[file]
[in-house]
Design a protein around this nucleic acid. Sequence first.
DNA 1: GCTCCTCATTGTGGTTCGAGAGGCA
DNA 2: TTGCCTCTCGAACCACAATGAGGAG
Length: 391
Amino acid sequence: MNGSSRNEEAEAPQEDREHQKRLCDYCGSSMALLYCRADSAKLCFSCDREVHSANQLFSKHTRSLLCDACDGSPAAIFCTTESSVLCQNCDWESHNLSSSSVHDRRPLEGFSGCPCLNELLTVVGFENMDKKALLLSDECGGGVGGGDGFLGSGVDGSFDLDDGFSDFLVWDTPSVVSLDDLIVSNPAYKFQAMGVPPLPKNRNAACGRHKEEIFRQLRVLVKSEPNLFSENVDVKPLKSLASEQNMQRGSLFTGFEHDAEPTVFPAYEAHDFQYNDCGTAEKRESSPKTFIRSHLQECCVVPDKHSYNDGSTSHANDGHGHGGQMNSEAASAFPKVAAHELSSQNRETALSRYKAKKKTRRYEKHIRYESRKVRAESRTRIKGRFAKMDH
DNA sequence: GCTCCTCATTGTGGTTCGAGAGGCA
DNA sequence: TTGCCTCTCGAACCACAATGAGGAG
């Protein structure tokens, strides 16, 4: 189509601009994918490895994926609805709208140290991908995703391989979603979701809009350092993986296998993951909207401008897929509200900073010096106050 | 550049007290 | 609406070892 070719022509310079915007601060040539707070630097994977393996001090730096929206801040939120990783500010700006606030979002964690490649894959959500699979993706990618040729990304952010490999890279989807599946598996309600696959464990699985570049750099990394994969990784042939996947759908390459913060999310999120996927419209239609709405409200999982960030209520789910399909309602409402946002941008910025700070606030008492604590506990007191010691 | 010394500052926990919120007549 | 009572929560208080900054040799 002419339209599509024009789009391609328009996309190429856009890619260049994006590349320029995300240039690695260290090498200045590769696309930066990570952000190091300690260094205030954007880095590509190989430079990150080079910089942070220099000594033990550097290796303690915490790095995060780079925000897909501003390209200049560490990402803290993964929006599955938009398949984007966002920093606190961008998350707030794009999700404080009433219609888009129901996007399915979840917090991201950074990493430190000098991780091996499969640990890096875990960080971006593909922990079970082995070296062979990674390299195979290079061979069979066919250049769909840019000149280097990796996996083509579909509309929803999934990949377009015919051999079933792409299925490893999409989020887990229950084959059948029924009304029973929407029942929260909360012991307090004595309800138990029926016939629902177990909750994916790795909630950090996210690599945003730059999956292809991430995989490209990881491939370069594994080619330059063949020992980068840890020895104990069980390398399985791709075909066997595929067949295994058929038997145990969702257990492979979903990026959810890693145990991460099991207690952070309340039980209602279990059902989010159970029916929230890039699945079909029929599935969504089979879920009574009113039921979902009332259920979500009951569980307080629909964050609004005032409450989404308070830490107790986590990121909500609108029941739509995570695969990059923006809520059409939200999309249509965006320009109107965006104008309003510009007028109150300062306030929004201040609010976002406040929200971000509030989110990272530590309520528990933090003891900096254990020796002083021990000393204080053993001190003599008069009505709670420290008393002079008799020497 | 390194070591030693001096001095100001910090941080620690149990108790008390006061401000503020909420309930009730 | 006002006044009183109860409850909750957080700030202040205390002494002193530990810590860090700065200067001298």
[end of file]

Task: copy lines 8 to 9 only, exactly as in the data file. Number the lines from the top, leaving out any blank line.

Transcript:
DNA sequence: TTGCCTCTCGAACCACAATGAGGAG
């Protein structure tokens, strides 16, 4: 189509601009994918490895994926609805709208140290991908995703391989979603979701809009350092993986296998993951909207401008897929509200900073010096106050 | 550049007290 | 609406070892 070719022509310079915007601060040539707070630097994977393996001090730096929206801040939120990783500010700006606030979002964690490649894959959500699979993706990618040729990304952010490999890279989807599946598996309600696959464990699985570049750099990394994969990784042939996947759908390459913060999310999120996927419209239609709405409200999982960030209520789910399909309602409402946002941008910025700070606030008492604590506990007191010691 | 010394500052926990919120007549 | 009572929560208080900054040799 002419339209599509024009789009391609328009996309190429856009890619260049994006590349320029995300240039690695260290090498200045590769696309930066990570952000190091300690260094205030954007880095590509190989430079990150080079910089942070220099000594033990550097290796303690915490790095995060780079925000897909501003390209200049560490990402803290993964929006599955938009398949984007966002920093606190961008998350707030794009999700404080009433219609888009129901996007399915979840917090991201950074990493430190000098991780091996499969640990890096875990960080971006593909922990079970082995070296062979990674390299195979290079061979069979066919250049769909840019000149280097990796996996083509579909509309929803999934990949377009015919051999079933792409299925490893999409989020887990229950084959059948029924009304029973929407029942929260909360012991307090004595309800138990029926016939629902177990909750994916790795909630950090996210690599945003730059999956292809991430995989490209990881491939370069594994080619330059063949020992980068840890020895104990069980390398399985791709075909066997595929067949295994058929038997145990969702257990492979979903990026959810890693145990991460099991207690952070309340039980209602279990059902989010159970029916929230890039699945079909029929599935969504089979879920009574009113039921979902009332259920979500009951569980307080629909964050609004005032409450989404308070830490107790986590990121909500609108029941739509995570695969990059923006809520059409939200999309249509965006320009109107965006104008309003510009007028109150300062306030929004201040609010976002406040929200971000509030989110990272530590309520528990933090003891900096254990020796002083021990000393204080053993001190003599008069009505709670420290008393002079008799020497 | 390194070591030693001096001095100001910090941080620690149990108790008390006061401000503020909420309930009730 | 006002006044009183109860409850909750957080700030202040205390002494002193530990810590860090700065200067001298």